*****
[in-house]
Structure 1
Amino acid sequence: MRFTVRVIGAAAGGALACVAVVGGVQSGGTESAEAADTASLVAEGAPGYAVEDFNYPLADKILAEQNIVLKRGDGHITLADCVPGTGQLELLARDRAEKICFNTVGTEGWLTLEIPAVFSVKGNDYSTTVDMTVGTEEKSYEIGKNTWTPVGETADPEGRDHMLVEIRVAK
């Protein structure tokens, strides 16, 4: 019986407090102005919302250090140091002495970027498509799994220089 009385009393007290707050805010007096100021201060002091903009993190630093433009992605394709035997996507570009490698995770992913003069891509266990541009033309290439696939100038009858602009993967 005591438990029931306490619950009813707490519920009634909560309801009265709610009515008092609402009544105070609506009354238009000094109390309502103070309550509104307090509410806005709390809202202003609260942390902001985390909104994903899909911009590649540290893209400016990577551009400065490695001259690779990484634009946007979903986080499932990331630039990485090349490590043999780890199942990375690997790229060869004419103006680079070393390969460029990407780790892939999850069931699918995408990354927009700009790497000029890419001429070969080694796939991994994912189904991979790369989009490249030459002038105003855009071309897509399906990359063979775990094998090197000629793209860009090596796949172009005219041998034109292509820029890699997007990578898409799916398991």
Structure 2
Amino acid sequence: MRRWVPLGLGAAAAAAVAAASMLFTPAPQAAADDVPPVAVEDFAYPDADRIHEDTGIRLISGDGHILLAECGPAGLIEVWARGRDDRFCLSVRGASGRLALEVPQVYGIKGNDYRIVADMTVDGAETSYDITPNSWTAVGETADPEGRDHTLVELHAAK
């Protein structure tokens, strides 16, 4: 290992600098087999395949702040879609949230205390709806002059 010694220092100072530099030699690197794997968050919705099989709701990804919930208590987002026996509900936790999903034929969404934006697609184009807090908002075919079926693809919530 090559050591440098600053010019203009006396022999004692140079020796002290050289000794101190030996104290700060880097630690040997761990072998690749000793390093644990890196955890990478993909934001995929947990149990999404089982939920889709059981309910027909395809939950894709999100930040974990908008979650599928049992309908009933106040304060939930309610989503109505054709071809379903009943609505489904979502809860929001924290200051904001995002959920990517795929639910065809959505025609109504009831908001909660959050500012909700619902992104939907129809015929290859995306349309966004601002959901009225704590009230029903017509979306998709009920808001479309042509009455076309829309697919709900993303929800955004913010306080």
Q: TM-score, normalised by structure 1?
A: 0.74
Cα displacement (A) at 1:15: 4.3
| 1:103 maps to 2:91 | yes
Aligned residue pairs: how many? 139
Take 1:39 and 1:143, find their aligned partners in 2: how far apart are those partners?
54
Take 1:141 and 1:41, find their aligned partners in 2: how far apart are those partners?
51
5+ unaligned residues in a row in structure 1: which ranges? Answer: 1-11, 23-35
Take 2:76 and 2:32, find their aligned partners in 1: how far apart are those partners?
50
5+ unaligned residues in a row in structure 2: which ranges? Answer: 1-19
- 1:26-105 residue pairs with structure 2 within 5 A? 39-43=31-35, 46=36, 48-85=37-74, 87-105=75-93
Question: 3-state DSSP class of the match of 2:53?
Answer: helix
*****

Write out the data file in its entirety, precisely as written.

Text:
[in-house]
Structure 1
Amino acid sequence: MRFTVRVIGAAAGGALACVAVVGGVQSGGTESAEAADTASLVAEGAPGYAVEDFNYPLADKILAEQNIVLKRGDGHITLADCVPGTGQLELLARDRAEKICFNTVGTEGWLTLEIPAVFSVKGNDYSTTVDMTVGTEEKSYEIGKNTWTPVGETADPEGRDHMLVEIRVAK
């Protein structure tokens, strides 16, 4: 019986407090102005919302250090140091002495970027498509799994220089 009385009393007290707050805010007096100021201060002091903009993190630093433009992605394709035997996507570009490698995770992913003069891509266990541009033309290439696939100038009858602009993967 005591438990029931306490619950009813707490519920009634909560309801009265709610009515008092609402009544105070609506009354238009000094109390309502103070309550509104307090509410806005709390809202202003609260942390902001985390909104994903899909911009590649540290893209400016990577551009400065490695001259690779990484634009946007979903986080499932990331630039990485090349490590043999780890199942990375690997790229060869004419103006680079070393390969460029990407780790892939999850069931699918995408990354927009700009790497000029890419001429070969080694796939991994994912189904991979790369989009490249030459002038105003855009071309897509399906990359063979775990094998090197000629793209860009090596796949172009005219041998034109292509820029890699997007990578898409799916398991």
Structure 2
Amino acid sequence: MRRWVPLGLGAAAAAAVAAASMLFTPAPQAAADDVPPVAVEDFAYPDADRIHEDTGIRLISGDGHILLAECGPAGLIEVWARGRDDRFCLSVRGASGRLALEVPQVYGIKGNDYRIVADMTVDGAETSYDITPNSWTAVGETADPEGRDHTLVELHAAK
């Protein structure tokens, strides 16, 4: 290992600098087999395949702040879609949230205390709806002059 010694220092100072530099030699690197794997968050919705099989709701990804919930208590987002026996509900936790999903034929969404934006697609184009807090908002075919079926693809919530 090559050591440098600053010019203009006396022999004692140079020796002290050289000794101190030996104290700060880097630690040997761990072998690749000793390093644990890196955890990478993909934001995929947990149990999404089982939920889709059981309910027909395809939950894709999100930040974990908008979650599928049992309908009933106040304060939930309610989503109505054709071809379903009943609505489904979502809860929001924290200051904001995002959920990517795929639910065809959505025609109504009831908001909660959050500012909700619902992104939907129809015929290859995306349309966004601002959901009225704590009230029903017509979306998709009920808001479309042509009455076309829309697919709900993303929800955004913010306080």
Q: TM-score, normalised by structure 1?
A: 0.74
Cα displacement (A) at 1:15: 4.3
| 1:103 maps to 2:91 | yes
Aligned residue pairs: how many? 139
Take 1:39 and 1:143, find their aligned partners in 2: how far apart are those partners?
54
Take 1:141 and 1:41, find their aligned partners in 2: how far apart are those partners?
51
5+ unaligned residues in a row in structure 1: which ranges? Answer: 1-11, 23-35
Take 2:76 and 2:32, find their aligned partners in 1: how far apart are those partners?
50
5+ unaligned residues in a row in structure 2: which ranges? Answer: 1-19
- 1:26-105 residue pairs with structure 2 within 5 A? 39-43=31-35, 46=36, 48-85=37-74, 87-105=75-93
Question: 3-state DSSP class of the match of 2:53?
Answer: helix